At a Higher Risk


Physical therapists are at a higher risk for malpractice claims due to the nature of their work. Some common reasons for malpractice suits include failure to properly supervise a patient, improper technique, injury from manipulation, burns from hot packs or stretching and exercise injuries. Today’s fraudster, a podiatrist from North Haledon, New Jersey, didn’t get hit with any malpractice suits, but something worse – a prison sentence. He committed Medicare fraud by billing for more than 150,000 physical therapy sessions that were performed by unqualified staff members. (Think of the sheer number of patients that were put at a higher risk for injury because of this man’s greed.)

Each state has rules on delegating duties to an unlicensed person performing tasks within the scope of physical therapy. It’s a general rule that a licensed professional cannot delegate responsibilities when they know the person they are delegating to is not qualified to perform the duties. (There’s nothing wrong with the unlicensed assistant observing treatment, but they should not treat patients.)

The podiatrist from North Haledon had multiple offices in Paterson, Passaic and Elizabeth. For more than nine years, the man submitted claims to Medicare and other insurance providers for physical therapy services he claimed he provided to his patients. (He filed claims for more than 150,000 patients and collected approximately $3 million from government and private insurers.) Except, he didn’t provide the services. He delegated the responsibilities to unqualified and uncertified staff members. (Medicare obviously requires that the person performing physical therapy possesses the appropriate credentials.)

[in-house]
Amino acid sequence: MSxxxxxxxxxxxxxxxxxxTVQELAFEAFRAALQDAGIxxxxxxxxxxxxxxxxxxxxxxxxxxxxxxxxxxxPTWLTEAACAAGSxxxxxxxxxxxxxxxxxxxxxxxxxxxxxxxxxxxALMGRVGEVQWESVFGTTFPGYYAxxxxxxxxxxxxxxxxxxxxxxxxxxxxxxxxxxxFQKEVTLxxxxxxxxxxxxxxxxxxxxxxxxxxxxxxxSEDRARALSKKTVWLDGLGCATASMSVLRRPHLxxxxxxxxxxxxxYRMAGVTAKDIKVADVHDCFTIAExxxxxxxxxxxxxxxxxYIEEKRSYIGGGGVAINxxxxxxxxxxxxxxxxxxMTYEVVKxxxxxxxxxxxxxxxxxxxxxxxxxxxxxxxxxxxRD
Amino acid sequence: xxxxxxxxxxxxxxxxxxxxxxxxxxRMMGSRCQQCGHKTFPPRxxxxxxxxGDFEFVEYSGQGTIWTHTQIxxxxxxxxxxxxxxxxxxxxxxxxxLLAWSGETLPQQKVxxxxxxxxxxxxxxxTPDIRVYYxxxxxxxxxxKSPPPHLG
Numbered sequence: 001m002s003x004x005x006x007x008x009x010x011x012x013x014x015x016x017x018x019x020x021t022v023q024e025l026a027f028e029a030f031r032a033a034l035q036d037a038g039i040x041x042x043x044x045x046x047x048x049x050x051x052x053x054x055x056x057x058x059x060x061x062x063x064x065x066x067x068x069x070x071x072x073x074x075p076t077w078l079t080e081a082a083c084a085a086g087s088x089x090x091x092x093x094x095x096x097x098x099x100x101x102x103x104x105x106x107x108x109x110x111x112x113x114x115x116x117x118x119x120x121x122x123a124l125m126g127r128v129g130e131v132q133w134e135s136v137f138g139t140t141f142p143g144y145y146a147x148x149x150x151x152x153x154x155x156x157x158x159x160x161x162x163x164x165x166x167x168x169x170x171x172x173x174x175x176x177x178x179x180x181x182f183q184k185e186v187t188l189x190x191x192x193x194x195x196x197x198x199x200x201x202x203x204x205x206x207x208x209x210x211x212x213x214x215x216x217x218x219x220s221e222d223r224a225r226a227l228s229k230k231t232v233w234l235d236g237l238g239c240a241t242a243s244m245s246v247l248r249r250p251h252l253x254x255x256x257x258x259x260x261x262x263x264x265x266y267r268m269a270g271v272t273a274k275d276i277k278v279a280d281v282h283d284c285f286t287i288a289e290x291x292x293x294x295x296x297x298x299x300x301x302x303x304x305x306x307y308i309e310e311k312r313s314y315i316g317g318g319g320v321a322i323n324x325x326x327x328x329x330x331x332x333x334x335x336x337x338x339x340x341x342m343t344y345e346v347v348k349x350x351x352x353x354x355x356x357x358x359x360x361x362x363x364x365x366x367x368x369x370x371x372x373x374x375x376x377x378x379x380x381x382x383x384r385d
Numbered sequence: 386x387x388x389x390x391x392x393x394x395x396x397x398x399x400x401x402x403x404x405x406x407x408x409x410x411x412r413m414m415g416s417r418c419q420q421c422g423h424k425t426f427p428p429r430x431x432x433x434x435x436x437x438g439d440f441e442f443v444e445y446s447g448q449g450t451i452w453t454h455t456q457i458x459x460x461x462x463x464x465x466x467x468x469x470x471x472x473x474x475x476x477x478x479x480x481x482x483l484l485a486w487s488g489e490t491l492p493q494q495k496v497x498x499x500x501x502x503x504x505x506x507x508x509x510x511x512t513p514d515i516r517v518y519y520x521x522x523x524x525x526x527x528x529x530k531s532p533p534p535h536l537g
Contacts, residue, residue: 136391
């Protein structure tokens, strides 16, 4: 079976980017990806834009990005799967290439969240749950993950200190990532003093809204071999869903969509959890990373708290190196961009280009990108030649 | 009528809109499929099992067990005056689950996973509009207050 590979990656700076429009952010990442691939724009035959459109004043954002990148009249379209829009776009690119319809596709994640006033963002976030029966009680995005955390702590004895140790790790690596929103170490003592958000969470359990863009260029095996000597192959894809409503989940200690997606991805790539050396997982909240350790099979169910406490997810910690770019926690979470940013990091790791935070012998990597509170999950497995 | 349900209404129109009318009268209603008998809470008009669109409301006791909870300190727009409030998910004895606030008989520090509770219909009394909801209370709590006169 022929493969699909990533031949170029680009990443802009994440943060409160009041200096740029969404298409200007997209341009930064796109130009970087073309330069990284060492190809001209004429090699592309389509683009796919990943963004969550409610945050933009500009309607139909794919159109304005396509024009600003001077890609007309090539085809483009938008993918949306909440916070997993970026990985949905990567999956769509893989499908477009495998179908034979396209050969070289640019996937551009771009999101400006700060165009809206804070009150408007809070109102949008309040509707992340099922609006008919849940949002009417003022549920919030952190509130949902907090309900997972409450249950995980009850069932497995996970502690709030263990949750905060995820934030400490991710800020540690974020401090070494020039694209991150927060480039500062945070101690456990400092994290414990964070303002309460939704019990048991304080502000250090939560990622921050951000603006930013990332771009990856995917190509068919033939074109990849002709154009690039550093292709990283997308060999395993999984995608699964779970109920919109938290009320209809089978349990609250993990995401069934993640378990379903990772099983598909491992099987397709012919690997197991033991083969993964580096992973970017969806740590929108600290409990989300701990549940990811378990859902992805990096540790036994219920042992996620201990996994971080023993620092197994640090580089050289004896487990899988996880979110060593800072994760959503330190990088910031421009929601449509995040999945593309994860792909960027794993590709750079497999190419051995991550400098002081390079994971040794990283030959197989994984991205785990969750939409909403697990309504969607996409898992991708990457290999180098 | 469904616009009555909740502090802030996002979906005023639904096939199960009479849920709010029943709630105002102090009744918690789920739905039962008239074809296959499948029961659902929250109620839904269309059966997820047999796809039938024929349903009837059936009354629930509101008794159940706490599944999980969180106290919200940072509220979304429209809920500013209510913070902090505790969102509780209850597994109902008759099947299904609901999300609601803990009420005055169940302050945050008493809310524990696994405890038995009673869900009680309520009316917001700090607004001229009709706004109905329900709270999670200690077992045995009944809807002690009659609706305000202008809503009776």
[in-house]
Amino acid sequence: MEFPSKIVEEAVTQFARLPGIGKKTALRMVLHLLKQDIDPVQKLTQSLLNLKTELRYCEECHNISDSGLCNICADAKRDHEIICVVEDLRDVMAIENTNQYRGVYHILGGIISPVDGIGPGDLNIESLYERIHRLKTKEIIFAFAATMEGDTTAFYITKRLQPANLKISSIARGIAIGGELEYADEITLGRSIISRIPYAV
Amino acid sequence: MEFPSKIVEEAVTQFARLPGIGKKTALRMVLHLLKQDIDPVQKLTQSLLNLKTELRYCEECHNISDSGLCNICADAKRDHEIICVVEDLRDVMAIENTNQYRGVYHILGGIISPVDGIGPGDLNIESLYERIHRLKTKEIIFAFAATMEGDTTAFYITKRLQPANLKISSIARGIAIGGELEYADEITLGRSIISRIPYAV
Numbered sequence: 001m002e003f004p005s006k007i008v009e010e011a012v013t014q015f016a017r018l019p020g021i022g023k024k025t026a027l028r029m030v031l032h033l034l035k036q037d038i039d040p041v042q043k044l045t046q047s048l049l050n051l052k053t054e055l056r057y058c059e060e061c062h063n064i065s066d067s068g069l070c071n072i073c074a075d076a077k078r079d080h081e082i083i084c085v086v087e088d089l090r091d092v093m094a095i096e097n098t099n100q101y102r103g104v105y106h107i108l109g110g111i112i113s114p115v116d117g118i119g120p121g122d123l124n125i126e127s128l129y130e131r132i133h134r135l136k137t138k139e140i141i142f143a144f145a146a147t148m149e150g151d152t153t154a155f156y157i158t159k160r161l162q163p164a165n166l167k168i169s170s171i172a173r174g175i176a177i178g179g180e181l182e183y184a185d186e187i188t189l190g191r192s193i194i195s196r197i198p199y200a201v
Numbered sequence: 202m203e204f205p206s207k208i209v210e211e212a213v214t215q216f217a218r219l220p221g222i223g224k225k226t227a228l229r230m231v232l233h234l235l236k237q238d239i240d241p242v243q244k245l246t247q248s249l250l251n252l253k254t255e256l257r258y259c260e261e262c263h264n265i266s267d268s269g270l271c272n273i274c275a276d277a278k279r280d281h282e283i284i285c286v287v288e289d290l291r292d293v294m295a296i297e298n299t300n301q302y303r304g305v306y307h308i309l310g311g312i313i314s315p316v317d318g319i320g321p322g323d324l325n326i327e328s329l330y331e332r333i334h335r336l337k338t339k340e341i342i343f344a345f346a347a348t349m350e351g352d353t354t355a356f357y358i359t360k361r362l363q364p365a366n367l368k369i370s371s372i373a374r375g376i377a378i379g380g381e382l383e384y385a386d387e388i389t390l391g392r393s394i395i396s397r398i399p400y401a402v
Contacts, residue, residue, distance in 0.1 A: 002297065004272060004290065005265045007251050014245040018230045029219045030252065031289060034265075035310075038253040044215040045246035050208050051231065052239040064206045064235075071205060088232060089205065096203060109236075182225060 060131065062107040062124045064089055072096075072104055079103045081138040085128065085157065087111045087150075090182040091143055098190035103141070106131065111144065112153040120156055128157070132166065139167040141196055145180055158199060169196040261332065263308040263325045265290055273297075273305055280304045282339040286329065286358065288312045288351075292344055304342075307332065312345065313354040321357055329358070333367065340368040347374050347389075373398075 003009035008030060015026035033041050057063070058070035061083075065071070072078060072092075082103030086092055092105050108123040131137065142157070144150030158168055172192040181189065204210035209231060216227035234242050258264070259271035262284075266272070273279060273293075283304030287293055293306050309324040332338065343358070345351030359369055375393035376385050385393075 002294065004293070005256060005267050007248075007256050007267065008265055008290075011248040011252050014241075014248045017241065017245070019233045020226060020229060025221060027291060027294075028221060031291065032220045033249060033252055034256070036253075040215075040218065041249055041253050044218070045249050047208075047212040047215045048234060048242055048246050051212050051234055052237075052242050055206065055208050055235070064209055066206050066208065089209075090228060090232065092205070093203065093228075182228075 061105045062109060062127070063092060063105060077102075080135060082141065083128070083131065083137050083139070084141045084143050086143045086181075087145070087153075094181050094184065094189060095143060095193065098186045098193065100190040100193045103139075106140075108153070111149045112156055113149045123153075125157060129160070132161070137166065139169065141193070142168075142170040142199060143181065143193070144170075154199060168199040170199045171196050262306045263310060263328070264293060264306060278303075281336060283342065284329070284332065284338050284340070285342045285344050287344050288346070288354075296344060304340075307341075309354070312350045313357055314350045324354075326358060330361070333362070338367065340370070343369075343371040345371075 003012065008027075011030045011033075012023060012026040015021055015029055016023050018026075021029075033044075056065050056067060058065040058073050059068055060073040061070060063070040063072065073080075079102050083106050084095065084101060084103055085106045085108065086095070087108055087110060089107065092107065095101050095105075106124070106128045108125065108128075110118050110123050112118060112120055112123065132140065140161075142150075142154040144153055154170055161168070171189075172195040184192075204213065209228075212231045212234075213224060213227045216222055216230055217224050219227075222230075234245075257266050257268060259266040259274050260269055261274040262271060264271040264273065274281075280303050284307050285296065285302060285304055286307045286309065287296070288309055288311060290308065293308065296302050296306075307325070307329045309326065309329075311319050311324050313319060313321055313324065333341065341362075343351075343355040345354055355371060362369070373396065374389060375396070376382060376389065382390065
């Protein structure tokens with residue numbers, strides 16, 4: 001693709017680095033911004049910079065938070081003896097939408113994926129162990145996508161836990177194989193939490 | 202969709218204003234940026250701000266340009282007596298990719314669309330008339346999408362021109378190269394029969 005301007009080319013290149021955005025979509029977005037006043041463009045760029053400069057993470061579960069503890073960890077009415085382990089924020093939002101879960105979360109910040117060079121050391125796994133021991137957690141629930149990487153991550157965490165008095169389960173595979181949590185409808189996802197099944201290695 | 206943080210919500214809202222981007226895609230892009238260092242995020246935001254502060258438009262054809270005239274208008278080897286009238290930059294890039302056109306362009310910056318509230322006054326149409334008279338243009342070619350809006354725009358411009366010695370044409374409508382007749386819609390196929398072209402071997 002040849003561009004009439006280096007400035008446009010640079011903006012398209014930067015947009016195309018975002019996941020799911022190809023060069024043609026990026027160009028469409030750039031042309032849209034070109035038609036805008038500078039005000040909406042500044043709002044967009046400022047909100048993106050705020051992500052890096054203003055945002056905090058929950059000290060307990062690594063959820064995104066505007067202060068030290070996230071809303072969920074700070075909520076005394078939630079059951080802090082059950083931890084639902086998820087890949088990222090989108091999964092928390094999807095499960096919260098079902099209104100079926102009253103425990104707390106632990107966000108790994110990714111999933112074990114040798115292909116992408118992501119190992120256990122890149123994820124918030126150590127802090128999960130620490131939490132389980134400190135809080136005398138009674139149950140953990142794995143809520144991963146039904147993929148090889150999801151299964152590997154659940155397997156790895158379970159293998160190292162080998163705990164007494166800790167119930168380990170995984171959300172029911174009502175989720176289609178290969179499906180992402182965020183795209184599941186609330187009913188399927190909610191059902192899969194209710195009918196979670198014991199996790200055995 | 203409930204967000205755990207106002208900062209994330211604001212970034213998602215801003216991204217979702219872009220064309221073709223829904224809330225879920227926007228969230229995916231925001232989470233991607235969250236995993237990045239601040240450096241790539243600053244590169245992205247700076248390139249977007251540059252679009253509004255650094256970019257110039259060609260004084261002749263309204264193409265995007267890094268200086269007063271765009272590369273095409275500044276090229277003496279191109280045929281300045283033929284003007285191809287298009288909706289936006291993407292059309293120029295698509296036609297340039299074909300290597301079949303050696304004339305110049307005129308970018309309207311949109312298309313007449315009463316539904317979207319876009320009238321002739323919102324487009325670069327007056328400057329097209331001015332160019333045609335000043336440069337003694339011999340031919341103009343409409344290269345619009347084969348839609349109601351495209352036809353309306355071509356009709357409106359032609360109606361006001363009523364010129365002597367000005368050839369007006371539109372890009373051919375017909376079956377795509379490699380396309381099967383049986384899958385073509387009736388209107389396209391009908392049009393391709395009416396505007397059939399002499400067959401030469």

The New Jersey podiatrist pleaded guilty to healthcare fraud, admitting that he directed unlicensed and unqualified personnel to perform physical therapy. The 60-year-old foot doctor received a three-year prison sentence, three years of supervised release and was ordered to pay $3 million in restitution. (One year for each million he stole. The judge in today’s case liked the number three.)

Congrats to New Jersey’s Health Care and Government Fraud Unit for stopping this podiatrist from putting any additional patients at risk. The office, which has recovered more than $1.38 billion in healthcare fraud and government fraud settlements since inception, has effectively put an end to this man’s ruse and eliminated any further risk.

Today’s “Fraud of the Day” is based on an article entitled, Paterson doctor gets three-year prison sentence for $3 million insurance fraud,” published by Paterson Times on March 26, 2018.

A doctor from North Haledon with an office in Paterson received a three-year prison sentence on Monday for defrauding Medicare and private insurance firms out of $3 million by billing for physical therapy sessions that were performed by unqualified staff members.

Anthony J. Enrico, 60-year-old, pleaded guilty on a single count of healthcare fraud, for billing 150,000 physical therapy sessions that were performed by unlicensed and unqualified personnel.

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Larry Benson
Larry Benson is currently the Director of Strategic Alliances for Revenue Discovery and Recovery at LexisNexis Risk Solutions. In this role, Benson is responsible for developing partnerships for the tax and revenue and child support enforcement verticals. He focuses on embedded companies that have a need for third-party analytics to enhance their current offerings.